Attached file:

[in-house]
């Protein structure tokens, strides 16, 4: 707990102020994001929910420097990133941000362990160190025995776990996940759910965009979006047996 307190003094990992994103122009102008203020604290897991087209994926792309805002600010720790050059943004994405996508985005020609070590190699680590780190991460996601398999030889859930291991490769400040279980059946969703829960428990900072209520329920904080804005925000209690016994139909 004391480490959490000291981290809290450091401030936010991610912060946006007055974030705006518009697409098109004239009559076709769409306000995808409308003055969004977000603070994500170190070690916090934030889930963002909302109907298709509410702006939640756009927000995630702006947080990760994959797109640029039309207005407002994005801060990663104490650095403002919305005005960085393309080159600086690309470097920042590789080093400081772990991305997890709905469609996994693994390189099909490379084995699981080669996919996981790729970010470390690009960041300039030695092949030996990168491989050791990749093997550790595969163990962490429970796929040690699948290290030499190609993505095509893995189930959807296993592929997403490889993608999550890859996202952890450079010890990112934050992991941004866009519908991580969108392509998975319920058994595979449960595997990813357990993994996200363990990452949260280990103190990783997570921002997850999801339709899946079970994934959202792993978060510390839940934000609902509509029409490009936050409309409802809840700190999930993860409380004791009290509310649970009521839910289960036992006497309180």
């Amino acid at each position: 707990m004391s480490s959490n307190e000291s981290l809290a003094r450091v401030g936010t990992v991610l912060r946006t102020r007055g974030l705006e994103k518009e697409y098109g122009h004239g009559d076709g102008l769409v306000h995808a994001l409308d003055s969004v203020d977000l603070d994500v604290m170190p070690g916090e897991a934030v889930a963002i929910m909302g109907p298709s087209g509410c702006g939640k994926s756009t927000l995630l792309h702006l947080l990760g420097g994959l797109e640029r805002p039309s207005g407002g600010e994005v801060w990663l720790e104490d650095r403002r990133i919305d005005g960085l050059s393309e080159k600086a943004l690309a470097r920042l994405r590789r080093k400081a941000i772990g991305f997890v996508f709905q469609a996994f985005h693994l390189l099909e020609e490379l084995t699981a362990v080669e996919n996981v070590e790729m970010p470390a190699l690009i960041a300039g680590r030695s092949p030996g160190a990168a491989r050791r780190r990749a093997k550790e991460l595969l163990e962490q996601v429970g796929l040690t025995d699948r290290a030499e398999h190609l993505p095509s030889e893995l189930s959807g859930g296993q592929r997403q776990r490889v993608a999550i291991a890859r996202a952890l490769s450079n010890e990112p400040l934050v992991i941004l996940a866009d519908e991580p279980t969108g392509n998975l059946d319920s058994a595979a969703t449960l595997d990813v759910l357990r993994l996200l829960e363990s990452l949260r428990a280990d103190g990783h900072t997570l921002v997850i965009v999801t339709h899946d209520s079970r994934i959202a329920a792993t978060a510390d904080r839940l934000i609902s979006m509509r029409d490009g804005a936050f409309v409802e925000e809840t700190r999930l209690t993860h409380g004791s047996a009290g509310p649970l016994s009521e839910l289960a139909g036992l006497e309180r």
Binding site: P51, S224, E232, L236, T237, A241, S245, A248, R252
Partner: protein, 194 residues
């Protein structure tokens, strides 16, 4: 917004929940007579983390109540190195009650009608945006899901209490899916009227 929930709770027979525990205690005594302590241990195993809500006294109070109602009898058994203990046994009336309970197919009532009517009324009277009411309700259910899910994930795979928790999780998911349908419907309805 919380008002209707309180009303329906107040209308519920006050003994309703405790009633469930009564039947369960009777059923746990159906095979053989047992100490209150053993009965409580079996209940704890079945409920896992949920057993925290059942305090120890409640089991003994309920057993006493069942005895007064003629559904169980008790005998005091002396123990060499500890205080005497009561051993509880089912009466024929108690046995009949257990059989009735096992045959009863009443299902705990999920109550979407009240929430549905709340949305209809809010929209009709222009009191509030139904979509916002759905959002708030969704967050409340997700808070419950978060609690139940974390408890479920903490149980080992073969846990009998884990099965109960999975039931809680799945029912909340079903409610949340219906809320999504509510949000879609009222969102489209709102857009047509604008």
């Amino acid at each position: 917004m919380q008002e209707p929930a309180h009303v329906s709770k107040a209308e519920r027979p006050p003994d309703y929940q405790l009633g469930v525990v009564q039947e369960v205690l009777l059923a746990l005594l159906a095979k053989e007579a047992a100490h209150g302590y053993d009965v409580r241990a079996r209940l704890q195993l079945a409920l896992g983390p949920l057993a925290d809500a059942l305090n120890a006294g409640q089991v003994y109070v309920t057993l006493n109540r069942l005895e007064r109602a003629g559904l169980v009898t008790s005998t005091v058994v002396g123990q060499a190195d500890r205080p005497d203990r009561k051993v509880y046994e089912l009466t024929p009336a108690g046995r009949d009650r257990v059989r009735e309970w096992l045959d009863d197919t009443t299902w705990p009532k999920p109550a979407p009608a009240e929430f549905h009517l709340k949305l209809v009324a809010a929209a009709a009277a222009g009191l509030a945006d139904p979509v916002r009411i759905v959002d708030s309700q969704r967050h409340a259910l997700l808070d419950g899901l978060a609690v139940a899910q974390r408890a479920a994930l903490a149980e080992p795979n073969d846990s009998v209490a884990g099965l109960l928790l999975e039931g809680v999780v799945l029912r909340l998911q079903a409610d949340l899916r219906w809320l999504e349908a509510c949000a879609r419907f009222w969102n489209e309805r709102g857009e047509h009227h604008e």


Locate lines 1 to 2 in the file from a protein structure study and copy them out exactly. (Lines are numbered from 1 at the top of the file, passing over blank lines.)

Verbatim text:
[in-house]
């Protein structure tokens, strides 16, 4: 707990102020994001929910420097990133941000362990160190025995776990996940759910965009979006047996 307190003094990992994103122009102008203020604290897991087209994926792309805002600010720790050059943004994405996508985005020609070590190699680590780190991460996601398999030889859930291991490769400040279980059946969703829960428990900072209520329920904080804005925000209690016994139909 004391480490959490000291981290809290450091401030936010991610912060946006007055974030705006518009697409098109004239009559076709769409306000995808409308003055969004977000603070994500170190070690916090934030889930963002909302109907298709509410702006939640756009927000995630702006947080990760994959797109640029039309207005407002994005801060990663104490650095403002919305005005960085393309080159600086690309470097920042590789080093400081772990991305997890709905469609996994693994390189099909490379084995699981080669996919996981790729970010470390690009960041300039030695092949030996990168491989050791990749093997550790595969163990962490429970796929040690699948290290030499190609993505095509893995189930959807296993592929997403490889993608999550890859996202952890450079010890990112934050992991941004866009519908991580969108392509998975319920058994595979449960595997990813357990993994996200363990990452949260280990103190990783997570921002997850999801339709899946079970994934959202792993978060510390839940934000609902509509029409490009936050409309409802809840700190999930993860409380004791009290509310649970009521839910289960036992006497309180």